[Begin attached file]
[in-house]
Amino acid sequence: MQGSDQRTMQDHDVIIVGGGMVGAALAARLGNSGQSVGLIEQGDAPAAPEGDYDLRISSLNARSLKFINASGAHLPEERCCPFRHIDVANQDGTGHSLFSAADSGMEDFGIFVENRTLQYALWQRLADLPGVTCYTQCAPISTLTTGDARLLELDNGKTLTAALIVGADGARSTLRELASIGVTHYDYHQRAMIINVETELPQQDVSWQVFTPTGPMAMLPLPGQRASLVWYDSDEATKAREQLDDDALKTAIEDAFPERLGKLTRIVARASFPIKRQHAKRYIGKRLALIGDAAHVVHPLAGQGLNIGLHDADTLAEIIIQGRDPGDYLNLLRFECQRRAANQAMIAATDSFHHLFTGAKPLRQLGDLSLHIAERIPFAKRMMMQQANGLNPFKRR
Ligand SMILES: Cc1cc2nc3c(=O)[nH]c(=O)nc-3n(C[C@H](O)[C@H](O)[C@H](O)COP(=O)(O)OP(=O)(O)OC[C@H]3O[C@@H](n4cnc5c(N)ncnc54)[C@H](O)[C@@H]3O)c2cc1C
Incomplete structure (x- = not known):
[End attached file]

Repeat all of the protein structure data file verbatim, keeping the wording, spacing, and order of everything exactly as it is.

[in-house]
Amino acid sequence: MQGSDQRTMQDHDVIIVGGGMVGAALAARLGNSGQSVGLIEQGDAPAAPEGDYDLRISSLNARSLKFINASGAHLPEERCCPFRHIDVANQDGTGHSLFSAADSGMEDFGIFVENRTLQYALWQRLADLPGVTCYTQCAPISTLTTGDARLLELDNGKTLTAALIVGADGARSTLRELASIGVTHYDYHQRAMIINVETELPQQDVSWQVFTPTGPMAMLPLPGQRASLVWYDSDEATKAREQLDDDALKTAIEDAFPERLGKLTRIVARASFPIKRQHAKRYIGKRLALIGDAAHVVHPLAGQGLNIGLHDADTLAEIIIQGRDPGDYLNLLRFECQRRAANQAMIAATDSFHHLFTGAKPLRQLGDLSLHIAERIPFAKRMMMQQANGLNPFKRR
Ligand SMILES: Cc1cc2nc3c(=O)[nH]c(=O)nc-3n(C[C@H](O)[C@H](O)[C@H](O)COP(=O)(O)OP(=O)(O)OC[C@H]3O[C@@H](n4cnc5c(N)ncnc54)[C@H](O)[C@@H]3O)c2cc1C
Incomplete structure (x- = not known):